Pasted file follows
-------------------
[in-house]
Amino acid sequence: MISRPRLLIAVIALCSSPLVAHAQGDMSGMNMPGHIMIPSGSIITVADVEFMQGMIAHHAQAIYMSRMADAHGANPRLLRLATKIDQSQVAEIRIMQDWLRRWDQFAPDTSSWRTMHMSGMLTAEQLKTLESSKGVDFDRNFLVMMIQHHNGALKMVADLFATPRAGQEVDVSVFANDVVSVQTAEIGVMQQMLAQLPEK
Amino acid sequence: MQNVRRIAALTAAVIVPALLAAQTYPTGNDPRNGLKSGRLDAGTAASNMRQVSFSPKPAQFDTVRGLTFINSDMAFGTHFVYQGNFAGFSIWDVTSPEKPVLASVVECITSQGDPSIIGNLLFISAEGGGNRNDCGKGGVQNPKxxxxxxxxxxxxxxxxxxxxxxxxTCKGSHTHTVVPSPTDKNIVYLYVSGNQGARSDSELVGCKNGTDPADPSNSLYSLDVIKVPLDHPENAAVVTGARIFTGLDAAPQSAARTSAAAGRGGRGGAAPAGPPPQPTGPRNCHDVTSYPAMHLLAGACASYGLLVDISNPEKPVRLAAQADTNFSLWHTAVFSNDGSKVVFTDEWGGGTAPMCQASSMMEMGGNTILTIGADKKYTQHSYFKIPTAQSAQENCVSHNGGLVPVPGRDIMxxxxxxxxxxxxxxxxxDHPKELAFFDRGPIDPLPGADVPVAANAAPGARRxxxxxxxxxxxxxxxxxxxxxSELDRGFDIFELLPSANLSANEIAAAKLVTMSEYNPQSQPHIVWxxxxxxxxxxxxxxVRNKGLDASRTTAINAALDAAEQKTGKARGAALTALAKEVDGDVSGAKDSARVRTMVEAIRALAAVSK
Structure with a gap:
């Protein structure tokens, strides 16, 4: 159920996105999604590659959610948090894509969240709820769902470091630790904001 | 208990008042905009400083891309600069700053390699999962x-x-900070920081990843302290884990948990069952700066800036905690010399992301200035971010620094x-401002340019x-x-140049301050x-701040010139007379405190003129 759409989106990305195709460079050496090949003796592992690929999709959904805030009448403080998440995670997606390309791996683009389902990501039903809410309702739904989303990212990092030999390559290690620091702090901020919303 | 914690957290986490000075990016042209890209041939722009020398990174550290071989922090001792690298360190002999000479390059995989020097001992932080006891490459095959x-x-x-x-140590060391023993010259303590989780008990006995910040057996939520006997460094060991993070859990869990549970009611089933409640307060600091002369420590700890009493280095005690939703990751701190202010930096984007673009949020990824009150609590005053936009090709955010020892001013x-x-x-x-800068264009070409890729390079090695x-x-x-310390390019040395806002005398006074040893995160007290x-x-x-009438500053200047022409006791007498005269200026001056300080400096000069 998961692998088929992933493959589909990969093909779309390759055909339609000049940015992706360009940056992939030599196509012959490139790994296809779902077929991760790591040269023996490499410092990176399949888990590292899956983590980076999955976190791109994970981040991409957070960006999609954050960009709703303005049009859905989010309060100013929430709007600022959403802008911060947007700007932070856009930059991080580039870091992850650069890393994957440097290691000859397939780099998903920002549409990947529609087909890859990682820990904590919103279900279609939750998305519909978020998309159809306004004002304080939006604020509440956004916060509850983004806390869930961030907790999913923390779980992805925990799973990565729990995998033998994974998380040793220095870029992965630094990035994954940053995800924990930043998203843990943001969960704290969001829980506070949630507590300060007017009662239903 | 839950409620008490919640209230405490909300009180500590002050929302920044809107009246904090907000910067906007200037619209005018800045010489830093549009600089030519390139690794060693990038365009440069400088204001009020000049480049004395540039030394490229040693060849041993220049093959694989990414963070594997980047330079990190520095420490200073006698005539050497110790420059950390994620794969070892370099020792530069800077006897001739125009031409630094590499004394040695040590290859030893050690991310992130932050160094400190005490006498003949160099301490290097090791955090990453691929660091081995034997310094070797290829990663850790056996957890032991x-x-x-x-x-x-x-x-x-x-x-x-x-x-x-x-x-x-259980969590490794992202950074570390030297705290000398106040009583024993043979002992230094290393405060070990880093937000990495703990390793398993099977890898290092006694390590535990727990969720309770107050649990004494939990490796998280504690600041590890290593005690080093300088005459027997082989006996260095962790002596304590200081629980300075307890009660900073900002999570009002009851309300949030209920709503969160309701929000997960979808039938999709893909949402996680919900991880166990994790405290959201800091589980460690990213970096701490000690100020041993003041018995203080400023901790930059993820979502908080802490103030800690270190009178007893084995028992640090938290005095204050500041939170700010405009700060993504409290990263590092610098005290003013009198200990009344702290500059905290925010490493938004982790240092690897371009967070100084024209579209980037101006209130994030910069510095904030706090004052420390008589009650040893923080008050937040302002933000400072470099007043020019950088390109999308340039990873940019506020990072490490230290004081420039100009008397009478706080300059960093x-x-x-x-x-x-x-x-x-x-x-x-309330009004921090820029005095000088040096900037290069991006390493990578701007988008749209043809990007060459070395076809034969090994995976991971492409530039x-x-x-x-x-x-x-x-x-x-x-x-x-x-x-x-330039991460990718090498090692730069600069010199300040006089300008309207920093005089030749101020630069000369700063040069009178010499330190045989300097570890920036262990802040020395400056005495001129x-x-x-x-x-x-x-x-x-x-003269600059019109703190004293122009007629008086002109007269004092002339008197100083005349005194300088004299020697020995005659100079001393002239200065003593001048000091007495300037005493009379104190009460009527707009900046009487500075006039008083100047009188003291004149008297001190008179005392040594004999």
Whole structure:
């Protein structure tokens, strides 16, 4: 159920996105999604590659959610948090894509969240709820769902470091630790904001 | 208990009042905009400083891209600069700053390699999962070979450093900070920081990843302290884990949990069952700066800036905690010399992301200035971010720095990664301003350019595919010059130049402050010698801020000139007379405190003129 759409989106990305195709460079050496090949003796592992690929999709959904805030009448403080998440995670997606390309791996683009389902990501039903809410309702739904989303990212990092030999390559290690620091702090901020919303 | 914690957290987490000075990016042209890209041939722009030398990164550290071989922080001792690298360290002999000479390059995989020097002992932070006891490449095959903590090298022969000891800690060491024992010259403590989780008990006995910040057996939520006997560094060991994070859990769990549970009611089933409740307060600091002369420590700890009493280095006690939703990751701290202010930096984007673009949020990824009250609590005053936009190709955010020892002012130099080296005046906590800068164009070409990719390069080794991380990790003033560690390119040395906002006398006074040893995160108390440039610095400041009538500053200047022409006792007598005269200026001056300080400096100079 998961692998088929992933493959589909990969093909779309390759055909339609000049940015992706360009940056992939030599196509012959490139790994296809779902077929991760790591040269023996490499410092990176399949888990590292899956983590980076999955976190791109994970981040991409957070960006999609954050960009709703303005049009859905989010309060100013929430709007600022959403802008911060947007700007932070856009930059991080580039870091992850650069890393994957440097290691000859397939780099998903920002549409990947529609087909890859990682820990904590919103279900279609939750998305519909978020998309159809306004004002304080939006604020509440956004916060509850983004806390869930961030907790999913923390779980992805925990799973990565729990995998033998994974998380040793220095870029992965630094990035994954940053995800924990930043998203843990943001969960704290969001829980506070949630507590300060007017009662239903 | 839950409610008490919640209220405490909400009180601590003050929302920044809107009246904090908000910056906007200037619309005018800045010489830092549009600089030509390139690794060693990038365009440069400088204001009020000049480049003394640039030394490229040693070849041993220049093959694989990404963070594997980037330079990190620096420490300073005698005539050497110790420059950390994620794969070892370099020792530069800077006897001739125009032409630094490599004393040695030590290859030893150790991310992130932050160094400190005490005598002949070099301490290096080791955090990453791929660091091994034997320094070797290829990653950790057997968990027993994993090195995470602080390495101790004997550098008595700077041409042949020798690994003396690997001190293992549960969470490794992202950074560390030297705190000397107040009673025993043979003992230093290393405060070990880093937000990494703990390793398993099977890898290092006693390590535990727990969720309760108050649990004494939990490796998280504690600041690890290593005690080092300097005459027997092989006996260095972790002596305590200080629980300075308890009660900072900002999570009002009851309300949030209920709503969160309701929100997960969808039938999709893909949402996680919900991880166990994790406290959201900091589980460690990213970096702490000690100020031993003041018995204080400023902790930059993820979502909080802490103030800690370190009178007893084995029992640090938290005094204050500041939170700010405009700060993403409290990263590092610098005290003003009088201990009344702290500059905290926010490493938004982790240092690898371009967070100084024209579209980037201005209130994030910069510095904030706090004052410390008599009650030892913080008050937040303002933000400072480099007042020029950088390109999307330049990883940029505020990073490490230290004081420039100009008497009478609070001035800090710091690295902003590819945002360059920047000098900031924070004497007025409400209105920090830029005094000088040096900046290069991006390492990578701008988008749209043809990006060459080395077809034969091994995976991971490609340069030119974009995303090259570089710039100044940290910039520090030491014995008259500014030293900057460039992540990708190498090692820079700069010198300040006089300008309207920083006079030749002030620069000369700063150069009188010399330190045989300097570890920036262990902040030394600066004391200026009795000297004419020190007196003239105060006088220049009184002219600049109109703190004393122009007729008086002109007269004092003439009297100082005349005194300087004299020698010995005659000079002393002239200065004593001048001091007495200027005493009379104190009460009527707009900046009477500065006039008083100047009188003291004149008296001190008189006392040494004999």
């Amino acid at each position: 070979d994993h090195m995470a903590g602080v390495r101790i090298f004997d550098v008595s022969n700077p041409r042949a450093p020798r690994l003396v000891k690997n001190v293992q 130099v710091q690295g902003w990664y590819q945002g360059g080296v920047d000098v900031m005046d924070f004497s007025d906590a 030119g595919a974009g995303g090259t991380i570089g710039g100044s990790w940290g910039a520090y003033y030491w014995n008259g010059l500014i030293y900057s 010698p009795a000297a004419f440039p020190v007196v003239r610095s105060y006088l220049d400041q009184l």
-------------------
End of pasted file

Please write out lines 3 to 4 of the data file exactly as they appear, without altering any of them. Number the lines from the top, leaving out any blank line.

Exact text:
Amino acid sequence: MQNVRRIAALTAAVIVPALLAAQTYPTGNDPRNGLKSGRLDAGTAASNMRQVSFSPKPAQFDTVRGLTFINSDMAFGTHFVYQGNFAGFSIWDVTSPEKPVLASVVECITSQGDPSIIGNLLFISAEGGGNRNDCGKGGVQNPKxxxxxxxxxxxxxxxxxxxxxxxxTCKGSHTHTVVPSPTDKNIVYLYVSGNQGARSDSELVGCKNGTDPADPSNSLYSLDVIKVPLDHPENAAVVTGARIFTGLDAAPQSAARTSAAAGRGGRGGAAPAGPPPQPTGPRNCHDVTSYPAMHLLAGACASYGLLVDISNPEKPVRLAAQADTNFSLWHTAVFSNDGSKVVFTDEWGGGTAPMCQASSMMEMGGNTILTIGADKKYTQHSYFKIPTAQSAQENCVSHNGGLVPVPGRDIMxxxxxxxxxxxxxxxxxDHPKELAFFDRGPIDPLPGADVPVAANAAPGARRxxxxxxxxxxxxxxxxxxxxxSELDRGFDIFELLPSANLSANEIAAAKLVTMSEYNPQSQPHIVWxxxxxxxxxxxxxxVRNKGLDASRTTAINAALDAAEQKTGKARGAALTALAKEVDGDVSGAKDSARVRTMVEAIRALAAVSK
Structure with a gap: